Customer Experience

“Get closer than ever to your customers. So close that you tell them what they need well before they realize it themselves.”

Steve Jobs


Customers First, Search Engines Second…And Sometimes, Search Engines Only.

When we think about search engines all day, it’s easy for SEOs to forget customers. We get so caught up in keyword data, keyword rankings, and search engine traffic, that we it’s easy to jump to the conclusion “if they come, they’ll buy.” It’s also really easy to assume that the only customer data points you need to do SEO are keywords and their search volumes, making us forget about all the other customer data available in your entire company. Merchant data can help you better understand what your customers actually want and buy. E-commerce and IT data can help you understand how a customer actually experiences your site. Marketing data can help you understand loyalty and needs of your customers.

When building SEO strategy, it’s worth meeting with and talking to different areas in the business to understand the customer experience first, and to then design your search engine experience. Remember the 80/20 or 90/10 rule. Most of the company’s business comes from a small assortment of products. Why rank well for high volume terms if it doesn’t meet customer or business objectives?

Most enterprise e-commerce companies are increasingly working on site features that focus on the customer experience. Use SEO to support these initiatives, and don’t get too caught up on best SEO practices if the features are more customer friendly.


Questions Worth Asking

Every retail company needs an Amazon strategy. What value are you providing customers that Amazon isn’t already?

What do traditional/direct marketers in the company know about customers that you don’t?

Who are your main customers, and why do they love/hate your brand?

What does e-commerce know about customer journeys / behavior that you don’t?

What are the year’s trends on the use of technology, aka Mary Meeker’s annual trends report, and how does that impact your strategy?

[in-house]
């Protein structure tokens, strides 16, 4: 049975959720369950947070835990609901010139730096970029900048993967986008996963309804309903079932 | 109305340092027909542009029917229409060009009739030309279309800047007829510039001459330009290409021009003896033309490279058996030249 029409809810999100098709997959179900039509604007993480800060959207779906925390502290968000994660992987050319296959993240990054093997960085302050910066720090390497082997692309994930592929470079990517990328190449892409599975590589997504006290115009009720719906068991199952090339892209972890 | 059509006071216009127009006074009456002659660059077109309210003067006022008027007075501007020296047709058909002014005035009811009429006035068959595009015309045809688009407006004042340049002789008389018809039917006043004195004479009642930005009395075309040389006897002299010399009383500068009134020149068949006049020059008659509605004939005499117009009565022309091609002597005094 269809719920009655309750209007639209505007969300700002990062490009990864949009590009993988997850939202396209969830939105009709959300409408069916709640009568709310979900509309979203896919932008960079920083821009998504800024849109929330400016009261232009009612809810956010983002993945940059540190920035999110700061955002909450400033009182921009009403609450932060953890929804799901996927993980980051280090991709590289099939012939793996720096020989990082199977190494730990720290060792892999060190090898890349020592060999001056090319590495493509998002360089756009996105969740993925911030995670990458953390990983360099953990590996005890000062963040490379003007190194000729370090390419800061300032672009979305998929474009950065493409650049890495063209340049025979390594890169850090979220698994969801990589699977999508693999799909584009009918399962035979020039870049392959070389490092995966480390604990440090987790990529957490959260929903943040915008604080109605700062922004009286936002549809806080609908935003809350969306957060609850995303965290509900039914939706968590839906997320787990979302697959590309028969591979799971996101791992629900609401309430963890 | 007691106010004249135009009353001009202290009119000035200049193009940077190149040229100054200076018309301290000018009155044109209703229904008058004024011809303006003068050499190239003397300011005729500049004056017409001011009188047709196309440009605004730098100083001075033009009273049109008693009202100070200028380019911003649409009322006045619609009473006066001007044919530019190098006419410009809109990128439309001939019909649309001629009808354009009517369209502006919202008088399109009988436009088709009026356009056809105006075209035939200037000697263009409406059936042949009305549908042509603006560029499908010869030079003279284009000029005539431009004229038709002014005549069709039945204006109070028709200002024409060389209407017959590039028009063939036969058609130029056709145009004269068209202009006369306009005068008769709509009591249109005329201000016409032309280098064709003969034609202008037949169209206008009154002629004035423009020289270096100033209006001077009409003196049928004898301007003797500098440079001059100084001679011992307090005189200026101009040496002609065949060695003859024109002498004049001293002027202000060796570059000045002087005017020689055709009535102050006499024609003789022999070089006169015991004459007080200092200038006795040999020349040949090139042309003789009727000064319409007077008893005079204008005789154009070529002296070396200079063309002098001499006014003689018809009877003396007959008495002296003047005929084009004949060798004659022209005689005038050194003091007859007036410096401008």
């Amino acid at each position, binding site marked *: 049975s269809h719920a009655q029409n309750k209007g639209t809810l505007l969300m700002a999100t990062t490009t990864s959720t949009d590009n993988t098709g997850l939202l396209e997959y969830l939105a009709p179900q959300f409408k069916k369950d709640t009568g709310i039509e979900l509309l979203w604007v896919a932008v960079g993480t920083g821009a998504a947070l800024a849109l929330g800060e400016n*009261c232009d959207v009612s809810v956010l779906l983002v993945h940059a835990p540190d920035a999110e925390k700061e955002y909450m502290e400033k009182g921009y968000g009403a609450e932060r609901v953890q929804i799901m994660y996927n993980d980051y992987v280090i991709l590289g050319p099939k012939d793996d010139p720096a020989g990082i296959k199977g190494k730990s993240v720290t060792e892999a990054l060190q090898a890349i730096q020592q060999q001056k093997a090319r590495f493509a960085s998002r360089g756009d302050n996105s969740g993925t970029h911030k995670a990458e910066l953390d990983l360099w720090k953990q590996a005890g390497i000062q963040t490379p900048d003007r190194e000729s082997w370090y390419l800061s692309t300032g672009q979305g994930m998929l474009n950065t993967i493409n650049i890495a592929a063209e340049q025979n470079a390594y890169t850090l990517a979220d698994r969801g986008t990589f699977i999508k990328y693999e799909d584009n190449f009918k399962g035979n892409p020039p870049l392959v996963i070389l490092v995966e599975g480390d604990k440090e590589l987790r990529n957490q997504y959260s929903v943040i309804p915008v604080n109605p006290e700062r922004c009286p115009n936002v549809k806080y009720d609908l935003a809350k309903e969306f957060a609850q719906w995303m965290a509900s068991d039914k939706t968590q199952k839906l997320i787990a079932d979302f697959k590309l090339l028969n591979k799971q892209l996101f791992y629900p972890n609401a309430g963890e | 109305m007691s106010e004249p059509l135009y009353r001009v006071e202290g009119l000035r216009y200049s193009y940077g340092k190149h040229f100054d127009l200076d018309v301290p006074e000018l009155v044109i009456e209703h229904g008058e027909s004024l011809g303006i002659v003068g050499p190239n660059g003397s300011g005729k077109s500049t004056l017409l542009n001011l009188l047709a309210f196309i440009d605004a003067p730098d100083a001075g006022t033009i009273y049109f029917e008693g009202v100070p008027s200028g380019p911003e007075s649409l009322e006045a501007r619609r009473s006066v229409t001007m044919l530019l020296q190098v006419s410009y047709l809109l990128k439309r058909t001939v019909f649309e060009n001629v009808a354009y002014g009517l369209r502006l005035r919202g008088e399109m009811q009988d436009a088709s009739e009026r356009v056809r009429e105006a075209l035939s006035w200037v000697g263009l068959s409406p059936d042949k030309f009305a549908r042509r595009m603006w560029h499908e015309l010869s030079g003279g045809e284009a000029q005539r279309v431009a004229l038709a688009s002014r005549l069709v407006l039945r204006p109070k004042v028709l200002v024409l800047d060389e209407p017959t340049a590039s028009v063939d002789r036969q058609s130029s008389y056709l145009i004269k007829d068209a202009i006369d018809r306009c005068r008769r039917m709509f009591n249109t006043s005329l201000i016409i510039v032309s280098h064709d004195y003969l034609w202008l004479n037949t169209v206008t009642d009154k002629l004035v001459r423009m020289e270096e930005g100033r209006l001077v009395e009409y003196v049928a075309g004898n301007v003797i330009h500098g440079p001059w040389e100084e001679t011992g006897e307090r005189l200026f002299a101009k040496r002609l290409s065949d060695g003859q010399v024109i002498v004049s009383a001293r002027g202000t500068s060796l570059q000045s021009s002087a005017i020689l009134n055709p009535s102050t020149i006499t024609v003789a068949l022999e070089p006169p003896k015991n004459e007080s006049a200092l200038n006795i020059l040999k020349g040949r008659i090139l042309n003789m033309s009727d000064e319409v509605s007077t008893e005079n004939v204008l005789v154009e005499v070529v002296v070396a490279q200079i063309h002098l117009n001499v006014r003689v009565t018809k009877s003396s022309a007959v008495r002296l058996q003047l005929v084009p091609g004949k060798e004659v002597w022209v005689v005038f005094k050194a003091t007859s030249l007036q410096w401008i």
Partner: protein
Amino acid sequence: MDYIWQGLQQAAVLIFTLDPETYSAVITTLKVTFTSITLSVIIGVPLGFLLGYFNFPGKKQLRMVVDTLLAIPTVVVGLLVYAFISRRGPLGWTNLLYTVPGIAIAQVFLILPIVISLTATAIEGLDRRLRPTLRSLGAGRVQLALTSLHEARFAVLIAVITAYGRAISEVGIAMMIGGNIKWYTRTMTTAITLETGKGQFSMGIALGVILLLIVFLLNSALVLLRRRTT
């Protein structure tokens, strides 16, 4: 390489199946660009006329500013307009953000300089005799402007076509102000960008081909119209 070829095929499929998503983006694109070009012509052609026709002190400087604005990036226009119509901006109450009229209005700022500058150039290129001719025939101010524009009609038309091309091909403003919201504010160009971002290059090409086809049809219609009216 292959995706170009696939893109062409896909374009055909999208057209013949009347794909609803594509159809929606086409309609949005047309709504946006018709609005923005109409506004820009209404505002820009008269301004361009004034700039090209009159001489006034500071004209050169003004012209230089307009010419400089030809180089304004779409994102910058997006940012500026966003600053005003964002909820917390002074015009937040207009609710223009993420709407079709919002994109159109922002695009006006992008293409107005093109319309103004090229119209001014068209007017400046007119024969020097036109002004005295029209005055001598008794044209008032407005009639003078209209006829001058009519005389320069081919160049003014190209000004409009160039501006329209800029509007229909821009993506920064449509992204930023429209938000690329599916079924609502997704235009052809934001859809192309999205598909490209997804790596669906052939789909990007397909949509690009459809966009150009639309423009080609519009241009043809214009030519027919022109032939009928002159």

What shifts in customer habits is your company or website experiencing? Example: desktop to mobile, IE to Chrome, etc.

What does merchandising know about upcoming category or product launches that you don’t, and how can you influence their decision making?

Where does the customer journey for your products or services first start, and how can you use SEO to engage with the customer at that point?

What is your mobile SEO current and future strategy? How do desktop SEO settings affect mobile SEO settings? That is, do all your SEO on-page elements carry over to the mobile version of the site?

What are the key differences between mobile sites, adaptive design, and responsive design for customers and search engines?

How should you plan for rapid implementations when Google announces warnings/recommendations for better mobile or desktop search? For example, if AMP makes significant strides for retail sites and e-commerce pages, how do you make a case and plan to implement it before your competitors?

Does your digital analytics attribution reporting account for multi-tab, multi-browser, multi-device experiences?

If you have brick and mortar locations, what is your local SEO strategy?


Takeaway

When working on technical projects designed to optimize search engine experiences without disrupting customer experience, be firm on your requirements. When supporting projects designed to optimize customer experiences, be flexible. Learn about the customer from as many people in the company as possible, and return the favor by providing customer behavior information from search.

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